Robot Yeti Tells You Where Not to Go in Antarctica

It's missing the hair and the giant feet, but the Yeti rover is right at home in Antarctica

1 min read
Robot Yeti Tells You Where Not to Go in Antarctica

Antarctica looks all nice and smooth, but lurking beneath the snow are the gaping maws of crevasses of doom. Doom, I say! And it's not just me saying it: the threat of crevasses means that moving anything from one place to another on the ground is a slow, potentially deadly process. That's why some researchers from Dartmouth came up with Yeti, a GPS-guided robot that can drag a ground-penetrating radar around to detect impending doom. This robot has been around for several years now, but its masters have just published a paper in the current issue of the Journal of Field Robotics, showing that Yeti can make a huge difference in polar logistics.

Here's Yeti doing its thing:

The driver in the snowcat follows behind Yeti, and if Yeti detects a crevasse, or if it suddenly disappears, then it's time to find an alternate route. And it's not just about safety: flying supplies all over the place (the safest way to move stuff around the Antarctic) is very expensive, and letting Yeti lead supply convoys instead saves about $2 million in logistical costs per year, says the NSF. Not bad for a robot that costs just $25,000. 

In addition to keeping humans safe, Yeti can also encourage humans to be lazy by taking over time-consuming radar terrain surveys, searching for everything from underground rivers to buried buildings. And for the super lazy, Yeti is powerful enough to tow a sled with three sunbathing researchers on it. Clearly, this little robot is all kinds of awesome, and the only thing wrong with it is that there's only one of 'em, which is not nearly enough to go around.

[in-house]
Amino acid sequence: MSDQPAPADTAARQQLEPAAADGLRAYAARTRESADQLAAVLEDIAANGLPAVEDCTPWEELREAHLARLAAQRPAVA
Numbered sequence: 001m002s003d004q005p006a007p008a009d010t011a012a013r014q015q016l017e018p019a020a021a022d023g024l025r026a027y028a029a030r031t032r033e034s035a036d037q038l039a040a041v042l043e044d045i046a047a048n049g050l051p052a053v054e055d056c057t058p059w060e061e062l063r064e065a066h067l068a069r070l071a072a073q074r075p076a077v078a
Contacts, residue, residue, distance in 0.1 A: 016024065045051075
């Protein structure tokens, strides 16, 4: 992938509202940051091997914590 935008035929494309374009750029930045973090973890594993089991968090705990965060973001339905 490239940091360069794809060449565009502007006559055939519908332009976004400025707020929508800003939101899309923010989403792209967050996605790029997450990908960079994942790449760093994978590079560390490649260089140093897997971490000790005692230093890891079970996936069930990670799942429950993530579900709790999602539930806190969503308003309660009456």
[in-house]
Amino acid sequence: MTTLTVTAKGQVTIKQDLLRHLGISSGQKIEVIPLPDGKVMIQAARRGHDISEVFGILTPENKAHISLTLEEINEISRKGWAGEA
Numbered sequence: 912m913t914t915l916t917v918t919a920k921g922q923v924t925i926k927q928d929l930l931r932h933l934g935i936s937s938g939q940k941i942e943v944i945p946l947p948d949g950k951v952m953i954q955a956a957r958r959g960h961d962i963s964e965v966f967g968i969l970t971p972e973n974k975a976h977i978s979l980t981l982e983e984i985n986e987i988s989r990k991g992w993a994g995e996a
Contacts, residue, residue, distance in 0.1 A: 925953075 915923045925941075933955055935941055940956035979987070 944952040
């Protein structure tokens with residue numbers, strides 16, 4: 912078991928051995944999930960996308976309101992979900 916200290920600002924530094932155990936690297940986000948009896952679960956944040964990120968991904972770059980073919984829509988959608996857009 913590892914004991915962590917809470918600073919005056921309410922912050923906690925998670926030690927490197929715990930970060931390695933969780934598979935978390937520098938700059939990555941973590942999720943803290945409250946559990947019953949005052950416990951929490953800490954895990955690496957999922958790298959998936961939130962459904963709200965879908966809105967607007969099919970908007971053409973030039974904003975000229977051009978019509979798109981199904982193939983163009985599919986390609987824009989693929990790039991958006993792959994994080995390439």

[ Yeti Blog] and [ Journal of Field Robotics ] via [ OurAmazingPlanet ]

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The Bionic-Hand Arms Race

The prosthetics industry is too focused on high-tech limbs that are complicated, costly, and often impractical

12 min read
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A photograph of a young woman with brown eyes and neck length hair dyed rose gold sits at a white table. In one hand she holds a carbon fiber robotic arm and hand. Her other arm ends near her elbow. Her short sleeve shirt has a pattern on it of illustrated hands.

The author, Britt Young, holding her Ottobock bebionic bionic arm.

Gabriela Hasbun. Makeup: Maria Nguyen for MAC cosmetics; Hair: Joan Laqui for Living Proof
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In Jules Verne’s 1865 novel From the Earth to the Moon, members of the fictitious Baltimore Gun Club, all disabled Civil War veterans, restlessly search for a new enemy to conquer. They had spent the war innovating new, deadlier weaponry. By the war’s end, with “not quite one arm between four persons, and exactly two legs between six,” these self-taught amputee-weaponsmiths decide to repurpose their skills toward a new projectile: a rocket ship.

The story of the Baltimore Gun Club propelling themselves to the moon is about the extraordinary masculine power of the veteran, who doesn’t simply “overcome” his disability; he derives power and ambition from it. Their “crutches, wooden legs, artificial arms, steel hooks, caoutchouc [rubber] jaws, silver craniums [and] platinum noses” don’t play leading roles in their personalities—they are merely tools on their bodies. These piecemeal men are unlikely crusaders of invention with an even more unlikely mission. And yet who better to design the next great leap in technology than men remade by technology themselves?

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